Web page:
Desert Cacti: Fruit Producing “Trees”

Photo © regan76

Native fruit-producing trees and shrubs are essential components of diverse habitats. With a little space, these regionally-appropriate plants make excellent additions to most sites. Even better, wildlife visitors–from the smallest pollinators to mammals–will use these trees for food and shelter.

Squarro Cacti

Photo © Anne Reeves

Above: Saguaro (Carnegiea spp.)
Description: These slow-growing cacti are the tallest of all cacti, reaching 30-50 feet tall and 1-3 feet in diameter. They are also one of the longest-lived; reaching 200 years in age.
Bloom: They flower in May with fruit ripening in July and August.
Wildlife: Small mammals, bats, native bees, Gila Woodpecker, Elf Owl, Ferruginous Owl, Screech Owl, American Kestrel, Crested and Ash-throated Flycatcher, Cactus Wren, Gilded Flicker, Lucy’s Warbler, Western Martin, Northern Flickers, doves and finches.

Whitethorn Acacia

Photo © Ken Bosma

Above: Whitethorn Acacia (Acacia constricta)
Description: A tree in the legume family that can be found growing in the southwest deserts. The tree reaches 9-15 feet tall with multiple branching.
Bloom: Flowers are yellow or white fluffs that form in May and June, which develop into red seed pods in the summer.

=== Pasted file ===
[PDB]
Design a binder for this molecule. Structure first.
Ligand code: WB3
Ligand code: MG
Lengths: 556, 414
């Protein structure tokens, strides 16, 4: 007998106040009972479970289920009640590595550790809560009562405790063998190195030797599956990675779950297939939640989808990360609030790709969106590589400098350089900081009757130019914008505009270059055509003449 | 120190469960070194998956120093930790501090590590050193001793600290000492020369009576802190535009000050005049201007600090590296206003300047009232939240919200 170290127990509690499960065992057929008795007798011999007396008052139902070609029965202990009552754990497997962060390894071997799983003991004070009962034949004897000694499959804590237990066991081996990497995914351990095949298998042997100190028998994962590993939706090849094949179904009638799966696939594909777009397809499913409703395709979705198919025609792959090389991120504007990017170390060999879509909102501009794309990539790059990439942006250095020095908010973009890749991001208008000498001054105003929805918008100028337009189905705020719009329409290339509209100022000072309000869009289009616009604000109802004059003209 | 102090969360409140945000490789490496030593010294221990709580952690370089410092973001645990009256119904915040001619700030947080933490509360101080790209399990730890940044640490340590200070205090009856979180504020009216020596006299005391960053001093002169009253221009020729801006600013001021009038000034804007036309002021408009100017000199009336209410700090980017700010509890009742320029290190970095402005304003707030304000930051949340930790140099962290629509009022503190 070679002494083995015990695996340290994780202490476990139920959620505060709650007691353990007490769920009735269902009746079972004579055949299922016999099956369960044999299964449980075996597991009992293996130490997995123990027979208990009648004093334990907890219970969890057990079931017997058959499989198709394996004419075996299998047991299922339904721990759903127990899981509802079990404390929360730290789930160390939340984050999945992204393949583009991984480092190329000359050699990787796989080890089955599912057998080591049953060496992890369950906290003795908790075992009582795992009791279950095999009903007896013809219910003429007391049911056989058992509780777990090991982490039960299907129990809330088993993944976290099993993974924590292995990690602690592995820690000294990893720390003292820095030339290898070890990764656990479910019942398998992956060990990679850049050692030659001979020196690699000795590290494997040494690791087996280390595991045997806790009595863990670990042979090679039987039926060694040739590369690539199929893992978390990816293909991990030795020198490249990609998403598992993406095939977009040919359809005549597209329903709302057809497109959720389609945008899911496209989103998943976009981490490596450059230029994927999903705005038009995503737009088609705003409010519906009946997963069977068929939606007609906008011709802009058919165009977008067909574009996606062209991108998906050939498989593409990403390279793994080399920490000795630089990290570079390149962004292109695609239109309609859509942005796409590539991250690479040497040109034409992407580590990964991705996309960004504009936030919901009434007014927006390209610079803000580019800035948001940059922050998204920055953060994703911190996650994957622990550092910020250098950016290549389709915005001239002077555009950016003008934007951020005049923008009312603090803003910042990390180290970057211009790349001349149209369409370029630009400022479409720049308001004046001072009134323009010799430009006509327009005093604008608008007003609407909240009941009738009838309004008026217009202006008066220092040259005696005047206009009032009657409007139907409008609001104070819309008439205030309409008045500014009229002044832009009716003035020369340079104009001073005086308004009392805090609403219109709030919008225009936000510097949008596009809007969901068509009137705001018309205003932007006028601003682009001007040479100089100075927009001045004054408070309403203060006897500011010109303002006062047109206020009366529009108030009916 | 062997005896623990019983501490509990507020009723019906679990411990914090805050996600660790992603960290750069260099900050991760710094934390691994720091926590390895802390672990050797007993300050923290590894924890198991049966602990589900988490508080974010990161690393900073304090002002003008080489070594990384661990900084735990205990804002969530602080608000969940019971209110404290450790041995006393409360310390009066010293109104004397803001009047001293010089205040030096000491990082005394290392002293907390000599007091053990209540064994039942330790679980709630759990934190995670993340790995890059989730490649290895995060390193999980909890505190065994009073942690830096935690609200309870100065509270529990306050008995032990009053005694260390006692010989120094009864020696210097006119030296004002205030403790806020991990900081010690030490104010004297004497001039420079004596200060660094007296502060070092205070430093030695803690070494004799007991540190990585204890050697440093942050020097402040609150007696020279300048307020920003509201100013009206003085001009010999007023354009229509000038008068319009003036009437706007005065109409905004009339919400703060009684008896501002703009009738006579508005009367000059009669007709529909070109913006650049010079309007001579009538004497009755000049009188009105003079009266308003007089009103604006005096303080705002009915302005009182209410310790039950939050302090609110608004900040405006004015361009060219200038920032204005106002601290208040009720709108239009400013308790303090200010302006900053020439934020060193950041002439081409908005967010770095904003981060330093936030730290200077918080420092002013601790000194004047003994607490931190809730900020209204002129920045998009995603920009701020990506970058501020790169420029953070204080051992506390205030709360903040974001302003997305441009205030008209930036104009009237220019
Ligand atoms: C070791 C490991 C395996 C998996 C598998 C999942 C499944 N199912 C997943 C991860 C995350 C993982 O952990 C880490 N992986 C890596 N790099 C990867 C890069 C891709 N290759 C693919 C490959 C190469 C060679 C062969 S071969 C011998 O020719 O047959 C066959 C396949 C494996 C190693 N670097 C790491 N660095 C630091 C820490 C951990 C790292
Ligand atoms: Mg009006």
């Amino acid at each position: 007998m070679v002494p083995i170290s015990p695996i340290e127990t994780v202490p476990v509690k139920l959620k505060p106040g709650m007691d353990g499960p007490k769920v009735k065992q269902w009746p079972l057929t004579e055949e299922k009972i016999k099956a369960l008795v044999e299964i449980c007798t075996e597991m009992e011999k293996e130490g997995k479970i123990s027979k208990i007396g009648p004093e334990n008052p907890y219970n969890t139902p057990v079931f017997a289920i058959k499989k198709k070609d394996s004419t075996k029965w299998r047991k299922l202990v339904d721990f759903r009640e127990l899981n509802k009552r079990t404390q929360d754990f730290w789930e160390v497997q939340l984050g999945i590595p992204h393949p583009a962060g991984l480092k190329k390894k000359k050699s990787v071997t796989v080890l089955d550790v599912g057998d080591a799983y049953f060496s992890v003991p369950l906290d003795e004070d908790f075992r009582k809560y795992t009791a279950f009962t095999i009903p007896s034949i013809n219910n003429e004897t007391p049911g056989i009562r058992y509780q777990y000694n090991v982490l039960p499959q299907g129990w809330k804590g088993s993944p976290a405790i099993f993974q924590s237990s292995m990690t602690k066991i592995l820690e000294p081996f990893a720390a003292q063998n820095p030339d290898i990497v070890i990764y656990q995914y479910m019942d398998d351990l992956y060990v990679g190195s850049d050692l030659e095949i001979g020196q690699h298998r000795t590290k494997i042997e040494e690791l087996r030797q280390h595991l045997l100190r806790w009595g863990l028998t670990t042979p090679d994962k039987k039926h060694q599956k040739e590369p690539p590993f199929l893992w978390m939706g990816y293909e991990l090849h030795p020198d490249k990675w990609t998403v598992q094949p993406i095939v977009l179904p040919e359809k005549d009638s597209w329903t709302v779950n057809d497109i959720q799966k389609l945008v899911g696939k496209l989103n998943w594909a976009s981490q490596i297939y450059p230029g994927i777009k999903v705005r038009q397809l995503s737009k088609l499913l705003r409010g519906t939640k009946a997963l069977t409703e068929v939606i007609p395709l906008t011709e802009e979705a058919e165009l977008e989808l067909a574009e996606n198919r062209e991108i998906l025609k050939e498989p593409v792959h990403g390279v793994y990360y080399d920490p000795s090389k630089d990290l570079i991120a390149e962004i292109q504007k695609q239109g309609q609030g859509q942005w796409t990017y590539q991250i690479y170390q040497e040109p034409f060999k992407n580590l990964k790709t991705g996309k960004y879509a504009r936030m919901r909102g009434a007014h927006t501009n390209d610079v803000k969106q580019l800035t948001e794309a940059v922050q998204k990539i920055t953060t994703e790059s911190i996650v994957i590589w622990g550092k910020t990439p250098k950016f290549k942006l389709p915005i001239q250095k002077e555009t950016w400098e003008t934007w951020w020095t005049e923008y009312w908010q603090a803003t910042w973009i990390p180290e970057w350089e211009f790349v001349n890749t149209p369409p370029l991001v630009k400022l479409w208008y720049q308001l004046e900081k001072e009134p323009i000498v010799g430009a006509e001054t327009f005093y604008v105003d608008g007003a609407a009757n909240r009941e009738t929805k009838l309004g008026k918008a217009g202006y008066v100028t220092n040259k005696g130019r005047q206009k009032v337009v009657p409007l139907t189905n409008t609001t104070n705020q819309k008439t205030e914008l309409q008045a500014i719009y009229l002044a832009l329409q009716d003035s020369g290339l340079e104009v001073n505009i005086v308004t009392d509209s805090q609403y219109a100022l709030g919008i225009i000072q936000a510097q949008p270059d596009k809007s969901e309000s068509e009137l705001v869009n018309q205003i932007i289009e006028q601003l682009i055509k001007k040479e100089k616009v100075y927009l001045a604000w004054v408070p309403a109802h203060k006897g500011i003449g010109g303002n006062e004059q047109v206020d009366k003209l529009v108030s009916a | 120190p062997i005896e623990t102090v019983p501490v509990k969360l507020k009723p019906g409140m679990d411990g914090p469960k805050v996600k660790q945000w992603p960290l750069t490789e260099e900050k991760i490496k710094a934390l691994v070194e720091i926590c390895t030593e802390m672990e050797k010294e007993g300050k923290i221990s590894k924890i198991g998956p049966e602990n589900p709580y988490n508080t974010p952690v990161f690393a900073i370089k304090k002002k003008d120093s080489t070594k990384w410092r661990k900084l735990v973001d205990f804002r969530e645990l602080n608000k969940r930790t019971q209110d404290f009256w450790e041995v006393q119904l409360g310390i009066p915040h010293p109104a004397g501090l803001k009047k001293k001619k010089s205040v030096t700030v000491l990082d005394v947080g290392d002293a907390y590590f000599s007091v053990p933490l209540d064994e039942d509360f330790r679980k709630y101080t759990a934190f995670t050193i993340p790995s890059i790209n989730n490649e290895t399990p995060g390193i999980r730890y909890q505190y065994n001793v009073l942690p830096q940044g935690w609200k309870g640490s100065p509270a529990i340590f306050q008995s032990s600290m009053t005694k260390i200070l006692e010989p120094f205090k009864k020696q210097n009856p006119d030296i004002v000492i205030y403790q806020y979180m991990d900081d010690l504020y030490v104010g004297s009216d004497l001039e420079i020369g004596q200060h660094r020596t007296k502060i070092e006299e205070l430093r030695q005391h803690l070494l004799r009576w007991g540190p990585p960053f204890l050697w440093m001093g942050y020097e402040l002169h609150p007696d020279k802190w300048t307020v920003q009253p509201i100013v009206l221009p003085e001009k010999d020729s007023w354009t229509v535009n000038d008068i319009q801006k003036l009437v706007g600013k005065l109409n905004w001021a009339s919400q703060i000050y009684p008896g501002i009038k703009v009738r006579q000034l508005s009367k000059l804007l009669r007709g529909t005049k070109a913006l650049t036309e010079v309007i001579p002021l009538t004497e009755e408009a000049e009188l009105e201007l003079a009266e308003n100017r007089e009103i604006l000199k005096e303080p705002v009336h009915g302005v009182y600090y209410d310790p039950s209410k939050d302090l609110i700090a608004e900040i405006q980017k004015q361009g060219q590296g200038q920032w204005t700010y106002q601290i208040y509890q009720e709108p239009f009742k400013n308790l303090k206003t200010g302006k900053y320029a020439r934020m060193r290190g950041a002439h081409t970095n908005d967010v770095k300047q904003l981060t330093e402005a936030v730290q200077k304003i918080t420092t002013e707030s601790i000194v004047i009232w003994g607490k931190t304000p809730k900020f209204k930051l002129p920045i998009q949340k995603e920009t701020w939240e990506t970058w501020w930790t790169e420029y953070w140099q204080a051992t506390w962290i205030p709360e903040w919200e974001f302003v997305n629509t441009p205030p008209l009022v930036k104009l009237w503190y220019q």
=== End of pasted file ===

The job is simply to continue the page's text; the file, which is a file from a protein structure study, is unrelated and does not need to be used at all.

Wildlife: Pollinators, native bees, seed-eating birds

Ocotillo Cacti

Photo © Bill Gracey

Above: Ocotillo (Fouquieria splendens)
Description: These spiny desert shrubs consist of 11 species found in the southwest. They can reach 20 ft in height providing thorny, protective nesting habitat.
Bloom: The reddish orange flowers bloom in March or April, with fruits developing in the summer.
Wildlife: Small mammals, native bees, native pollinators, hummingbirds, finches, woodpeckers, orioles, thrashers, doves, and quail.
Bonus: They make great Living Fences.

Add it to your map

Placing and IDing your trees and shrubs.
First, add your trees and shrubs as objects to your map by selecting the Toolshed and Second.


Photo ©

Then, make sure to complete the characteristics by clicking on the green Info window. First identify your plant under Basic Information. If you enter the common or scientific name in the second bar, this will connect to the USDA plant database. Select the name that correlates to your plant.


Photo ©

Then, complete the characteristics by telling us about the features of this specific tree or shrub.


Photo ©

Other regional fruit tree recommendations:
Rocky Mountains
Pacific Mixed Forest
Northeast and Midwest
California Chaparral

Log in with your Cornell Citizen Science Username and Password below to leave a comment or ask a question

(This is the same username you use to sign-in to eBird, the Habitat Network, Celebrate Urban Birds, FeederWatch, NestWatch, Maccaulay Library)